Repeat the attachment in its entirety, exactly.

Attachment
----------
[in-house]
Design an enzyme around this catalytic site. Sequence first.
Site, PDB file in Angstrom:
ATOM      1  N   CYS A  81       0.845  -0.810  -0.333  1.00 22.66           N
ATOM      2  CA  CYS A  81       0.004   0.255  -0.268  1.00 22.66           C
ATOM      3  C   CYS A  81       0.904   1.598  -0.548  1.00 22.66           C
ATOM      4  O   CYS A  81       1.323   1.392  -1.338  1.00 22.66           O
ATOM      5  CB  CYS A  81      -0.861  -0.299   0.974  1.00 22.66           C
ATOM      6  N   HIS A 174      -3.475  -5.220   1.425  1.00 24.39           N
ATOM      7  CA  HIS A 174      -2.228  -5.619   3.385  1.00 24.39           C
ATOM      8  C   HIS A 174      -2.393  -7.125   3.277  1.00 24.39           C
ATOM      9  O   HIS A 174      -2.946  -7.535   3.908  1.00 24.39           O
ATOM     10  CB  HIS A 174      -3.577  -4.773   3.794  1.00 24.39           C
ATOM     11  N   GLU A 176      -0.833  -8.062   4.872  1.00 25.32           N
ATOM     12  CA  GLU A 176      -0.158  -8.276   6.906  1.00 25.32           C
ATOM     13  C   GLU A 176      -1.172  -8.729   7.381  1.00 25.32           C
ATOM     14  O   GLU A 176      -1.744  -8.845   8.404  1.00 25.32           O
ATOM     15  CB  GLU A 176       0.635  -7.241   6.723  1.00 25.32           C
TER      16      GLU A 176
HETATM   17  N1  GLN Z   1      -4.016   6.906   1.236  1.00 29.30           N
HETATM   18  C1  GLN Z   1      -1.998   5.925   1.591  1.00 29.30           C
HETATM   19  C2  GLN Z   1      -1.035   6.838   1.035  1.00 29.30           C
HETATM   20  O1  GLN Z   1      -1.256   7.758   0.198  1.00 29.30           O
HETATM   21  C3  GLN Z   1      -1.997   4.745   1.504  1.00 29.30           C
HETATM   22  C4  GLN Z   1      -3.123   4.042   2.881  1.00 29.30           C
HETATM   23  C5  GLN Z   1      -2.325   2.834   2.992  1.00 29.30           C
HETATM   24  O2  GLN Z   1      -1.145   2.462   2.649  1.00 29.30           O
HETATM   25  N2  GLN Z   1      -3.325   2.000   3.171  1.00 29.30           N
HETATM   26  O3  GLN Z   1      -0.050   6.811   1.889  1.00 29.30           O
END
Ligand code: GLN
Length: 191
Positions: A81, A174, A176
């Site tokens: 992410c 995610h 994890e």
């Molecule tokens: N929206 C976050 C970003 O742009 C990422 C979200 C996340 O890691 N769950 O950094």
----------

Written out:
[in-house]
Design an enzyme around this catalytic site. Sequence first.
Site, PDB file in Angstrom:
ATOM      1  N   CYS A  81       0.845  -0.810  -0.333  1.00 22.66           N
ATOM      2  CA  CYS A  81       0.004   0.255  -0.268  1.00 22.66           C
ATOM      3  C   CYS A  81       0.904   1.598  -0.548  1.00 22.66           C
ATOM      4  O   CYS A  81       1.323   1.392  -1.338  1.00 22.66           O
ATOM      5  CB  CYS A  81      -0.861  -0.299   0.974  1.00 22.66           C
ATOM      6  N   HIS A 174      -3.475  -5.220   1.425  1.00 24.39           N
ATOM      7  CA  HIS A 174      -2.228  -5.619   3.385  1.00 24.39           C
ATOM      8  C   HIS A 174      -2.393  -7.125   3.277  1.00 24.39           C
ATOM      9  O   HIS A 174      -2.946  -7.535   3.908  1.00 24.39           O
ATOM     10  CB  HIS A 174      -3.577  -4.773   3.794  1.00 24.39           C
ATOM     11  N   GLU A 176      -0.833  -8.062   4.872  1.00 25.32           N
ATOM     12  CA  GLU A 176      -0.158  -8.276   6.906  1.00 25.32           C
ATOM     13  C   GLU A 176      -1.172  -8.729   7.381  1.00 25.32           C
ATOM     14  O   GLU A 176      -1.744  -8.845   8.404  1.00 25.32           O
ATOM     15  CB  GLU A 176       0.635  -7.241   6.723  1.00 25.32           C
TER      16      GLU A 176
HETATM   17  N1  GLN Z   1      -4.016   6.906   1.236  1.00 29.30           N
HETATM   18  C1  GLN Z   1      -1.998   5.925   1.591  1.00 29.30           C
HETATM   19  C2  GLN Z   1      -1.035   6.838   1.035  1.00 29.30           C
HETATM   20  O1  GLN Z   1      -1.256   7.758   0.198  1.00 29.30           O
HETATM   21  C3  GLN Z   1      -1.997   4.745   1.504  1.00 29.30           C
HETATM   22  C4  GLN Z   1      -3.123   4.042   2.881  1.00 29.30           C
HETATM   23  C5  GLN Z   1      -2.325   2.834   2.992  1.00 29.30           C
HETATM   24  O2  GLN Z   1      -1.145   2.462   2.649  1.00 29.30           O
HETATM   25  N2  GLN Z   1      -3.325   2.000   3.171  1.00 29.30           N
HETATM   26  O3  GLN Z   1      -0.050   6.811   1.889  1.00 29.30           O
END
Ligand code: GLN
Length: 191
Positions: A81, A174, A176
């Site tokens: 992410c 995610h 994890e």
């Molecule tokens: N929206 C976050 C970003 O742009 C990422 C979200 C996340 O890691 N769950 O950094």